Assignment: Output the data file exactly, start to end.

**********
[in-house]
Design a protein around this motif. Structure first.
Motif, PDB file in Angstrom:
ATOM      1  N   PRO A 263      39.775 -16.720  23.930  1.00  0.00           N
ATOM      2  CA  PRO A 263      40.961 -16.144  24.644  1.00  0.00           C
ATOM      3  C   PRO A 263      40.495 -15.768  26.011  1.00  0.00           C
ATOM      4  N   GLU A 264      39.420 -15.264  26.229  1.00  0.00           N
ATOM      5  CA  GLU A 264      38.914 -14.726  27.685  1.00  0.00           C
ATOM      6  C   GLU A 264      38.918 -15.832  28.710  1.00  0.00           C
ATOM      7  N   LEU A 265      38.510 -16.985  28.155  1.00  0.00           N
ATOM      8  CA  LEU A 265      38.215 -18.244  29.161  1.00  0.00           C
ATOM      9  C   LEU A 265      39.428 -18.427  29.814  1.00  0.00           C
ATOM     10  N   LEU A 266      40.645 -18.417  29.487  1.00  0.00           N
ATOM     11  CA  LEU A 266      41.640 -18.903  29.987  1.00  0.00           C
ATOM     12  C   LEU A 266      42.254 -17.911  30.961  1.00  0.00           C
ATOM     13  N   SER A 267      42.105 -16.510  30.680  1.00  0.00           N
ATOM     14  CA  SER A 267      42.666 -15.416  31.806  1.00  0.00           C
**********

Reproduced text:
[in-house]
Design a protein around this motif. Structure first.
Motif, PDB file in Angstrom:
ATOM      1  N   PRO A 263      39.775 -16.720  23.930  1.00  0.00           N
ATOM      2  CA  PRO A 263      40.961 -16.144  24.644  1.00  0.00           C
ATOM      3  C   PRO A 263      40.495 -15.768  26.011  1.00  0.00           C
ATOM      4  N   GLU A 264      39.420 -15.264  26.229  1.00  0.00           N
ATOM      5  CA  GLU A 264      38.914 -14.726  27.685  1.00  0.00           C
ATOM      6  C   GLU A 264      38.918 -15.832  28.710  1.00  0.00           C
ATOM      7  N   LEU A 265      38.510 -16.985  28.155  1.00  0.00           N
ATOM      8  CA  LEU A 265      38.215 -18.244  29.161  1.00  0.00           C
ATOM      9  C   LEU A 265      39.428 -18.427  29.814  1.00  0.00           C
ATOM     10  N   LEU A 266      40.645 -18.417  29.487  1.00  0.00           N
ATOM     11  CA  LEU A 266      41.640 -18.903  29.987  1.00  0.00           C
ATOM     12  C   LEU A 266      42.254 -17.911  30.961  1.00  0.00           C
ATOM     13  N   SER A 267      42.105 -16.510  30.680  1.00  0.00           N
ATOM     14  CA  SER A 267      42.666 -15.416  31.806  1.00  0.00           C